When it comes to exploring a country the more hands-on and unique the experience the better, which is why I constantly rhyme off coastal route road trips like the Wild Atlantic Way and the Antrim Costal Route when I’m recommending people things to do.
There’s no need to meticulously plan out the trip – just follow the signs and you’ll stumble across more breathtaking scenery than you’ll imagine possible.
If you have your sights set on the Antrim Costal Route, or if you’re visiting Belfast and considering taking a spin outside the city to soak up some mesmerising coastline, then stick the Carrick-A-Rede Rope Bridge into your travel itinerary.
What it’s all about
You’ll find Northern Ireland’s much loved rope bridge on the North Antrim Coast road, nestled between Balintoy and Ballycastle.
A tourist favorite, the bridge proudly sits on the pages of many popular tourist guides and has thousands of roaring reviews on TripAdvisor.
Best to avoid it when it’s raining, though (if possible).
About the Carrick-A-Rede Rope Bridge
The name, Carrick-a-Rede, comes from the Scottish Gaelic ‘Carraig-a-Rade‘ which means “The Rock in the Road” – an obstacle for the migrating salmon, who have been fished at Carrick-a-Rede and Larrybane since 1620.
For those afraid of heights – and for those seeking an adrenaline boost – the Carrick-A-Rede Rope Bridge hangs over 25 foot above the chilly waters below and is a cosy one meter wide.
The journey from one side to the other is more a casual stroll than a daring quest so, if you do struggle with heights, you can take the journey at your own pace and enjoy the views.
The History of Antrim’s rope bridge
Although fishing at Carrick-a-Rede began around 1620, it wasn’t until 1755 that the first rope bridge between the mainland and Carrick-a-Rede Island was erected.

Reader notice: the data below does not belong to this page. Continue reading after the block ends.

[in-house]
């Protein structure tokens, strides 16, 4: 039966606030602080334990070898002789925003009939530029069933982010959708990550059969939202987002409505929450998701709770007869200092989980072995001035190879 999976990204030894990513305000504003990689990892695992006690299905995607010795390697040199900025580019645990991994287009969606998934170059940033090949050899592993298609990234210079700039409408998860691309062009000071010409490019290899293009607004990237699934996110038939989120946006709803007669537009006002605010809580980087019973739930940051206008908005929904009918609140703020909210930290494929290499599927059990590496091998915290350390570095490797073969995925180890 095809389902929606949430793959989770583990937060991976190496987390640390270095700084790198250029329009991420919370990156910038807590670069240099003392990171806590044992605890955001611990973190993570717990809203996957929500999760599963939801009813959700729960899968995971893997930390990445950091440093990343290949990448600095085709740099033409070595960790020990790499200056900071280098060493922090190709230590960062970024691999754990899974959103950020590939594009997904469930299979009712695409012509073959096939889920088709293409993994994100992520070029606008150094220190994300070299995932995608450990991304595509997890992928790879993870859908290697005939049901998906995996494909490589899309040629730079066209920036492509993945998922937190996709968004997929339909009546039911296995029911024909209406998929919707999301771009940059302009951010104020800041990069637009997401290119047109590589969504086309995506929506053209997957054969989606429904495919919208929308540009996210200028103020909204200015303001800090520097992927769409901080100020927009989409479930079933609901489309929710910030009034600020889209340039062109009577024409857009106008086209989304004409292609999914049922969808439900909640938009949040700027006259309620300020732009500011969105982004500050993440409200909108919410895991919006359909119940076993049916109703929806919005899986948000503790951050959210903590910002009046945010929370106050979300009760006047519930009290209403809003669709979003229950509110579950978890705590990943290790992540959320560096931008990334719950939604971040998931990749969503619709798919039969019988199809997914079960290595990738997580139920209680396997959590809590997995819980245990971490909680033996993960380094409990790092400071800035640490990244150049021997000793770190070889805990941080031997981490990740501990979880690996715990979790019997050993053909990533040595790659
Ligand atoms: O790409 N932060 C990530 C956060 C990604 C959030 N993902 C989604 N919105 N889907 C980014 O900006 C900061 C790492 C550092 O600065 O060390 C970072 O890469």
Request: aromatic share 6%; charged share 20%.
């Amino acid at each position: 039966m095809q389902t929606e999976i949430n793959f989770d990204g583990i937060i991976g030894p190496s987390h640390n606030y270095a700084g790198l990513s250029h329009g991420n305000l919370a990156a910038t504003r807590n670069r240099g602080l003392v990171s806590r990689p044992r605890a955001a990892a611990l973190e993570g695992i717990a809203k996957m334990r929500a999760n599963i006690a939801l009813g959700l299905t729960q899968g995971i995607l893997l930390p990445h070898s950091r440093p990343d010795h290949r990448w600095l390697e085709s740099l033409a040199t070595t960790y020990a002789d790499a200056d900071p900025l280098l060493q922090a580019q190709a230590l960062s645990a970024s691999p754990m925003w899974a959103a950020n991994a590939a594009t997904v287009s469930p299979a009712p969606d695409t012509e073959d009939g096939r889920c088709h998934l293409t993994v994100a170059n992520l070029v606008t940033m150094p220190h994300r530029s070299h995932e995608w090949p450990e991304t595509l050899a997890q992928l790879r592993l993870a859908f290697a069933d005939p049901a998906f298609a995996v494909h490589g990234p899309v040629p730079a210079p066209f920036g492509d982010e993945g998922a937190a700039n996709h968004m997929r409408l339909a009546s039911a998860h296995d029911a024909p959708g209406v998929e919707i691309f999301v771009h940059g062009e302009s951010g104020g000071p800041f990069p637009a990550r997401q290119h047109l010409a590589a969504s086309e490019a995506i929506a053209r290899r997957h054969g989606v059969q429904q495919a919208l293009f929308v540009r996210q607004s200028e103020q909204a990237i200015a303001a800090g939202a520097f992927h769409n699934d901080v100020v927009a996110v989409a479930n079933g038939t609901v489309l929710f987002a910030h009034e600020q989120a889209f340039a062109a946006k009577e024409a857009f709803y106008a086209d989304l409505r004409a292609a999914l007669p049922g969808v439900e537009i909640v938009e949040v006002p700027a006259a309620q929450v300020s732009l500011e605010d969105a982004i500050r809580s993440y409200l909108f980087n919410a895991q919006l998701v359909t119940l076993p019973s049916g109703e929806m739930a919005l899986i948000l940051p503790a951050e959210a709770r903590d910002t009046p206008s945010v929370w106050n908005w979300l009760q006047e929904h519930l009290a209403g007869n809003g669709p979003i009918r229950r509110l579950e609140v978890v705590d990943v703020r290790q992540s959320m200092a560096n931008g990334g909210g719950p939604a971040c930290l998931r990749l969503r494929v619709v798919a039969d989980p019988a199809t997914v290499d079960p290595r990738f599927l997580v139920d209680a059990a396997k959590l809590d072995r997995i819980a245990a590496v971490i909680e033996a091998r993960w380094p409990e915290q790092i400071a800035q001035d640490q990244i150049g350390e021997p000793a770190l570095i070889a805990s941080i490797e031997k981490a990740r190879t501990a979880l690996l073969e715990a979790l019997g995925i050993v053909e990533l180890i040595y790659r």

During the 19th century, many fishermen frequented the waters around the bridge, with catches of up to 300 salmon common until the 1960’s.
The little island provided the perfect platform for casting nets off into the icy waters below.
Over the years the link to the island has experienced many facelifts. That was until 2008 when a construction firm from Belfast erected the current wire rope bridge which stands firmly under those who cross it today.
These days, the bridge poses more of an attraction to tourists than it does fishermen, with people from every corner of the globe making the journey from one side to the next.
The years of salmon fishing in the area are a distant memory due to fishing pressure at sea and river pollution. The last salmon caught here was way back in 2002.
Views from the bridge
We all love a good photo to make the folks back home jealous and the carrick a rede rope bridge delivers just that. The bridge boasts breathtaking costal scenery with unrivalled views of Rathlin and the Scottish Islands.
There’s plenty of photo opportunities at every point of the experience – so pack a well charged camera with lots of memory!
Crossing the bridge
For those who fancy crossing the bridge, adult admission costs just £5.90 while kids can access for £3.00. There’s also a family pass for £14.80.
Keep in mind, the bridges opening depends on the weather. Opening times for 2015 were:
1 January – 22 February 09:30 – 15:30
23 February – 24 May 09:30 – 18:00
30 March – 12 April 09:30 – 19:30 (Easter)
25 May – 30 August 09:30 – 19:30
31 Aug – 25 October 09:30 – 18:00
26 Oct – 31 December 09:30 – 15:30
What you’ll need to make the most of your journey
Footwear: While the walk up to the Carrick-A-Rede Rope Bridge is certainly no Everest, you should pack some comfortable footwear with plenty of grip – especially if its been raining.
You’ll ended up walking a decent stretch if you want to explore the area fully and if you’re visiting in the colder wetter months then a warm jacket and hat are essential. It gets windy. Very windy.
Oh, and wet.
Food/Drink: While there’s a cafe mainly visited by those on their way out – you’re best off taking a rucksack with a bottle of water and something to eat with you.
Advice for parents: Keep a close eye on the little ones. While the rope bridge is completely safe and there’s been no recorded injuries, many parts of the cliff are unfenced on the other side of the bridge.
Where to find it
If you’re planning a trip, you’ll find the bridge near Ballintoy in County Antrim, Northern Ireland. Only an hour and fifteen minutes outside of Belfast, the bridge can be coupled with the Giants Causeway which is less than 20 minutes away.